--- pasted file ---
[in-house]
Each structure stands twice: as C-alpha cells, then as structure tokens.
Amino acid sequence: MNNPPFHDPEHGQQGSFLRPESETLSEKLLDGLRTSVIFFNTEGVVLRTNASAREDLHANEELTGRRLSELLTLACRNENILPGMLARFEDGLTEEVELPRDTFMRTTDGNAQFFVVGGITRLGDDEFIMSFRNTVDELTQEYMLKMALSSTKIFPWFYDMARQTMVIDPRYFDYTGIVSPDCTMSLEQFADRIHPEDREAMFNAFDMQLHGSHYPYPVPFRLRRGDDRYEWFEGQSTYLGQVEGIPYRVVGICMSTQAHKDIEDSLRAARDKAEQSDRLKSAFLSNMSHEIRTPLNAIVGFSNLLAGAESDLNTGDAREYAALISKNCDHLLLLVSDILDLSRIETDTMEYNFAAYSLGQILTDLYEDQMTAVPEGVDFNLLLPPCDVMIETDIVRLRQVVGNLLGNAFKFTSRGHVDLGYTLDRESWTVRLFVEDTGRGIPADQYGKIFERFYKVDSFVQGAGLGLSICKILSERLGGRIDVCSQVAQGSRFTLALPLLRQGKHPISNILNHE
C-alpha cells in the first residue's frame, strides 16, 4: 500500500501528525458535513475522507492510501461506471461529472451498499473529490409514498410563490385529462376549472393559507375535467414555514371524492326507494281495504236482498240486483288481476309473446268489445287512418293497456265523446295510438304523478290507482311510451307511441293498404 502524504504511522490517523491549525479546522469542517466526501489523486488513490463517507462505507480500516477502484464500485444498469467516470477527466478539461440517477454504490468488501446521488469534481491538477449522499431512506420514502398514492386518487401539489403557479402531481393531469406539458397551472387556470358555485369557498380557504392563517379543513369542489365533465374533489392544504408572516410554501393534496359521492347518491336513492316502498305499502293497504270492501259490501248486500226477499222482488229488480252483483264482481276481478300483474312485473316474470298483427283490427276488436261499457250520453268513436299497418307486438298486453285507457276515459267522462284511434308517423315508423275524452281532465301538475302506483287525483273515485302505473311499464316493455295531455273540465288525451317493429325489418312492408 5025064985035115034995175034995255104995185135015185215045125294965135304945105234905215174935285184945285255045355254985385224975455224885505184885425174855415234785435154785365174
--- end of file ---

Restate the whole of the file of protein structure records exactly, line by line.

[in-house]
Each structure stands twice: as C-alpha cells, then as structure tokens.
Amino acid sequence: MNNPPFHDPEHGQQGSFLRPESETLSEKLLDGLRTSVIFFNTEGVVLRTNASAREDLHANEELTGRRLSELLTLACRNENILPGMLARFEDGLTEEVELPRDTFMRTTDGNAQFFVVGGITRLGDDEFIMSFRNTVDELTQEYMLKMALSSTKIFPWFYDMARQTMVIDPRYFDYTGIVSPDCTMSLEQFADRIHPEDREAMFNAFDMQLHGSHYPYPVPFRLRRGDDRYEWFEGQSTYLGQVEGIPYRVVGICMSTQAHKDIEDSLRAARDKAEQSDRLKSAFLSNMSHEIRTPLNAIVGFSNLLAGAESDLNTGDAREYAALISKNCDHLLLLVSDILDLSRIETDTMEYNFAAYSLGQILTDLYEDQMTAVPEGVDFNLLLPPCDVMIETDIVRLRQVVGNLLGNAFKFTSRGHVDLGYTLDRESWTVRLFVEDTGRGIPADQYGKIFERFYKVDSFVQGAGLGLSICKILSERLGGRIDVCSQVAQGSRFTLALPLLRQGKHPISNILNHE
C-alpha cells in the first residue's frame, strides 16, 4: 500500500501528525458535513475522507492510501461506471461529472451498499473529490409514498410563490385529462376549472393559507375535467414555514371524492326507494281495504236482498240486483288481476309473446268489445287512418293497456265523446295510438304523478290507482311510451307511441293498404 502524504504511522490517523491549525479546522469542517466526501489523486488513490463517507462505507480500516477502484464500485444498469467516470477527466478539461440517477454504490468488501446521488469534481491538477449522499431512506420514502398514492386518487401539489403557479402531481393531469406539458397551472387556470358555485369557498380557504392563517379543513369542489365533465374533489392544504408572516410554501393534496359521492347518491336513492316502498305499502293497504270492501259490501248486500226477499222482488229488480252483483264482481276481478300483474312485473316474470298483427283490427276488436261499457250520453268513436299497418307486438298486453285507457276515459267522462284511434308517423315508423275524452281532465301538475302506483287525483273515485302505473311499464316493455295531455273540465288525451317493429325489418312492408 5025064985035115034995175034995255104995185135015185215045125294965135304945105234905215174935285184945285255045355254985385224975455224885505184885425174855415234785435154785365174